Matthew Theal: Yeah, and saying to yourself, “I’m just trying to make as much money as possible every year,” that’s not a good strategy. That’s not a good benchmark, and that’s no way to go about managing your portfolio. You should have a goal ready to return in mind, and you should be trying to hit it on a five-year, 10-year average.

Joshua Winterswyk: Most likely, you probably don’t even understand your risk.

Matthew Theal: Yeah, exactly.

Brent Pasqua: I think one advantage that advisors have is that the software and technology that we’re able to utilize can maximize efficiency within the portfolio, and also create strategies that are going to be able to efficiently perform with not only your portfolio, but within your financial plan.

Matthew Theal: Yeah, absolutely. I don’t think our clients or prospective clients, people listening to the show, understand how much great software there is in the investment advisory industry right now. Literally, I want to change software every two years because of I’m like, “Oh, there’s something new coming out. It’s really cool. Let’s get that for the clients.” It’s hard. There’s a lot of great stuff, though.

Joshua Winterswyk: Yeah, there is. I agree.

Brent Pasqua: It’s not out there for the public to utilize. You know?

Matthew Theal: Not at all.

Brent Pasqua: When reviewing a performance report, what are the most important numbers to look at?

Joshua Winterswyk: Don’t look at it every day. I’ll just start with that.

Matthew Theal: That’s a good one.

Joshua Winterswyk: But when you’re looking at performance, you definitely want to use a couple different periods, and the common ones that we use are quarterly, we also use year-to-date, the inception, return, so how much have you earned since you started investing? Those are all really important. Quarterly is going to give you that monthly lookback, that three-month monthly lookback, year-to-date, so you can again compare it to your benchmarks, and it’s always important to understand inception and how much you’ve made since you’ve started. So, those are three really good periods when you’re reviewing performance to be looking at.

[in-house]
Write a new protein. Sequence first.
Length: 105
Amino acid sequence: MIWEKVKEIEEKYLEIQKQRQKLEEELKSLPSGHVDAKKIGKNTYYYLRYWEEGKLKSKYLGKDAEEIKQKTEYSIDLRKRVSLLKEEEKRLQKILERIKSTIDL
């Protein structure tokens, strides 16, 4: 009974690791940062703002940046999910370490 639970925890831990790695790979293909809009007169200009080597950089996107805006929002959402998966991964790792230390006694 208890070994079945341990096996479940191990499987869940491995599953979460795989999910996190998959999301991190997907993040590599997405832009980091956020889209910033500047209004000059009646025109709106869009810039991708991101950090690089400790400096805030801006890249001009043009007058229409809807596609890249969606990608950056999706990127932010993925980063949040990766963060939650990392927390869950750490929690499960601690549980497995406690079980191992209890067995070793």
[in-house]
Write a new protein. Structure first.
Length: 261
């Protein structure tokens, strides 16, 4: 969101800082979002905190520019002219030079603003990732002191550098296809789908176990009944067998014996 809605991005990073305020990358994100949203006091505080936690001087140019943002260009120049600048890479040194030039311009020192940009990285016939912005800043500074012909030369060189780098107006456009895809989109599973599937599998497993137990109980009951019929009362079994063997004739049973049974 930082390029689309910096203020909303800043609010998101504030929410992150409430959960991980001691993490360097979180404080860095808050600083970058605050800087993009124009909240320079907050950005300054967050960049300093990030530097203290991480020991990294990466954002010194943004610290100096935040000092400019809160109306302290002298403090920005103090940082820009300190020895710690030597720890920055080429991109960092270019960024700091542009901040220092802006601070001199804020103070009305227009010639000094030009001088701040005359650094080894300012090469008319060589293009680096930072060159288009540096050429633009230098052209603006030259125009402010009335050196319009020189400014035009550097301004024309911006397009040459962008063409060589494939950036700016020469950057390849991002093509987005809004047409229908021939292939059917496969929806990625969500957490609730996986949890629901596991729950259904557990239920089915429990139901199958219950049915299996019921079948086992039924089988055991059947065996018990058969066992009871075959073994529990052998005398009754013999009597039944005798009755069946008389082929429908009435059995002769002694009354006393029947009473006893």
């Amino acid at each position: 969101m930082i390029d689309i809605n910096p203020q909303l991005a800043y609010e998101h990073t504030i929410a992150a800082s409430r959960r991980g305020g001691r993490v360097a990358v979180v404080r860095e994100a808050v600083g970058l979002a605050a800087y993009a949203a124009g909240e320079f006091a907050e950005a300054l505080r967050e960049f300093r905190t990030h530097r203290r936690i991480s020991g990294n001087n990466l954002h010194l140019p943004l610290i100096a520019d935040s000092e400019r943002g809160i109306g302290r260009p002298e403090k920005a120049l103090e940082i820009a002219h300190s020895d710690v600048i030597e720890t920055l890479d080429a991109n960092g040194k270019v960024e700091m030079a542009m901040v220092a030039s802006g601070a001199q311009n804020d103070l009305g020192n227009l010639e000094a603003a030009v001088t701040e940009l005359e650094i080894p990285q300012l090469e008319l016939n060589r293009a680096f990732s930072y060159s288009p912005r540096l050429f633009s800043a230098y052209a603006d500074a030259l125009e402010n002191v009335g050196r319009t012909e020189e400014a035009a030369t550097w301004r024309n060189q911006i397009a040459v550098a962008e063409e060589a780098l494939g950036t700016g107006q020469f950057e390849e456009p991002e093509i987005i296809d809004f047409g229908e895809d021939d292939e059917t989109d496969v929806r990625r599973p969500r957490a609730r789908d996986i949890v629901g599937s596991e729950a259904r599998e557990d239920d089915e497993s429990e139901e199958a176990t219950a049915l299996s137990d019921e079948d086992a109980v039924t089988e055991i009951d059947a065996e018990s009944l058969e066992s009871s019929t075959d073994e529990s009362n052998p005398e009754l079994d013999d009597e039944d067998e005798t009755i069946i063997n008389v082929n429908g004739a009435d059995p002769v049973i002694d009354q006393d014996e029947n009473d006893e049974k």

Joshua Winterswyk: There’s also percentage return and dollar gained, and the difference between them is your percentage return is actually allowing you to compare it to that benchmark. You can see how much percentage your portfolio has grown, let’s say 5% or 6% year-to-date, and use that as that benchmark to gauge how well you’ve done, and then also looking at, when you’re looking at your performance report, dollars gained, so actually, how much money you make. We like to see that. We like to see if we invested $10,000, it’s now $12,000. We made $2,000, so you can now even put a dollar figure to your performance for you to be able to analyze that a little bit deeper.

Brent Pasqua: Can any of these three factors that you just went over help somebody determine if there was a problem within their portfolio?

Joshua Winterswyk: Yes. The percentage return’s going to be the best gauge in that because you’re able, without taking just your specific account and that dollar amount, that percentage return’s going to allow to compare it to your benchmark once you’ve found that out. So, that’s the one that you’re going to look at to see if there’s an issue, and it’s going to show you if you have a red flag or not.